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Monetary policymakers in the eurozone have become increasingly frustrated with politicians’ failure to come up with the stimulus needed to lift the single currency area’s recovery.
While the bloc’s recovery here has proven resilient to the political shocks in the second half of last year, question marks remain about what will happen to the region’s economy — and the currency area itself — if governments neglect much-needed, but often politically unpalatable structural reforms.
The European Central Bank’s governing council wants to push lawmakers to use the current period of favourable credit conditions to carry out structural reforms on their economies, accounts of its January 19 vote show.
“A strong call” was needed to prod governments “to engage decisively in structural reforms to boost investment, reduce structural unemployment and increase potential output.”
The fear is that if the economy fails to grow at a faster rate, unemployment in more vulnerable parts of the continent will stay stuck in double digits, creating the sort of environment in which anti-EU populism tends to thrive.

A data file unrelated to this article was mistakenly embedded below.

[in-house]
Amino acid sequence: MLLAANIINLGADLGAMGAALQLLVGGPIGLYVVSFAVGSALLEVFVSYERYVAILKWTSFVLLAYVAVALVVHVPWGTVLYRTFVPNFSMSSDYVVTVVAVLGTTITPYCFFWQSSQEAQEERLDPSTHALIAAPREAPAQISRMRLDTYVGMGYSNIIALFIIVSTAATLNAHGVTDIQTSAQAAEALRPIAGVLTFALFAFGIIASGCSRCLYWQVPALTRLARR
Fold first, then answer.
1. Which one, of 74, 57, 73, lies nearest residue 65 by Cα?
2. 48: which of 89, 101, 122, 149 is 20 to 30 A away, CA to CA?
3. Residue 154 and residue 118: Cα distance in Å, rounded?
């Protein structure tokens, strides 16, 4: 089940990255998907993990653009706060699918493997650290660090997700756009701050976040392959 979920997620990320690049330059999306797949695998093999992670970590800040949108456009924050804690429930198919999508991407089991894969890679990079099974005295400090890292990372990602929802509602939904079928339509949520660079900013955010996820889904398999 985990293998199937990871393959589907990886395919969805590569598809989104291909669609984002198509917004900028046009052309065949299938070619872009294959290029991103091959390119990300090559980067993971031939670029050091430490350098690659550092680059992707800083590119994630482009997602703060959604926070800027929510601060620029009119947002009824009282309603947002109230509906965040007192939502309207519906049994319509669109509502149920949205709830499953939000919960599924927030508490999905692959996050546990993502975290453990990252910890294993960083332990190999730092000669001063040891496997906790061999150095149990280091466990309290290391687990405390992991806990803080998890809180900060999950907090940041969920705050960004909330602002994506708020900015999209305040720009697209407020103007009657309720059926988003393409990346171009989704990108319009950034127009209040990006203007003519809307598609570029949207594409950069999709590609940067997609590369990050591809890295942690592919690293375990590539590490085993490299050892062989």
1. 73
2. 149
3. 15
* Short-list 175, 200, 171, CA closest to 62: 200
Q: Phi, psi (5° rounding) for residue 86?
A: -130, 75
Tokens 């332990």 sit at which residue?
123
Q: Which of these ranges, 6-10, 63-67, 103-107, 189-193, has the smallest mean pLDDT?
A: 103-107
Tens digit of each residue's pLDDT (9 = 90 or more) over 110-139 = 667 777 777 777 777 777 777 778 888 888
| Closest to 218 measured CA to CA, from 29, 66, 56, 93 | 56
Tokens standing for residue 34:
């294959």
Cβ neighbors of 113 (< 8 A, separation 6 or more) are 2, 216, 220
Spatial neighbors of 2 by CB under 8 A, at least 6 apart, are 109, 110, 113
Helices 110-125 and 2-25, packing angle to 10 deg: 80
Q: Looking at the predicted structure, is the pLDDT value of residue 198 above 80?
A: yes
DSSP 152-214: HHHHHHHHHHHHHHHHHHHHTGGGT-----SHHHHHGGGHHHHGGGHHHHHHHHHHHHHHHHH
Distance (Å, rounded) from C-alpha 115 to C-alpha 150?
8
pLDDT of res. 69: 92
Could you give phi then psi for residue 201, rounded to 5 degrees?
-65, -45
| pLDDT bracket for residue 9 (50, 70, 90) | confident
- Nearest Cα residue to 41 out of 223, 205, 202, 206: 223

The accounts also suggest the central bank is unlikely to change its plans to buy €780bn-worth of bonds this year as part of its landmark quantitative easing programme. The council “was seen as well advised to remain patient and maintain a steady hand” at a time of heightened uncertainty caused by geopolitical events.
The accounts added:
At the same time, the point was made that the window of opportunity provided by a period of favourable monetary and financial conditions needed to be used by other policy areas to bolster sustained growth, namely by speeding up structural reforms.
The council was untroubled by the recent rise in inflation, which has seen the headline figure for price pressures rise close to the ECB’s target of just under 2 per cent for the first time since early 2013.
The rise was triggered by the higher cost of oil and was not supported by broader price pressures. There was, the minutes said, “broad agreement to look through recent upturns in headline inflation driven by energy prices, while carefully monitoring potential indirect and second-round effects.”
The council also signalled it would try to avoid buying more expensive eurozone bonds wherever possible, even if that meant deviating slightly from rules which require government bond purchases to be in line with the size of a member state’s economy.
That rule has meant the Bundesbank has had to start buying bonds with yields below the ECB’s deposit rate of minus 0.4 per cent — in effect meaning that the Bundesbank will make a loss on those purchases.
The minutes said there was “some room for a trade-off between relative deviations from the capital key across jurisdictions and limiting the extent of purchase below the DFR [deposit facility rate].” They also confirmed that bonds had been bought below the deposit floor, starting on January 16.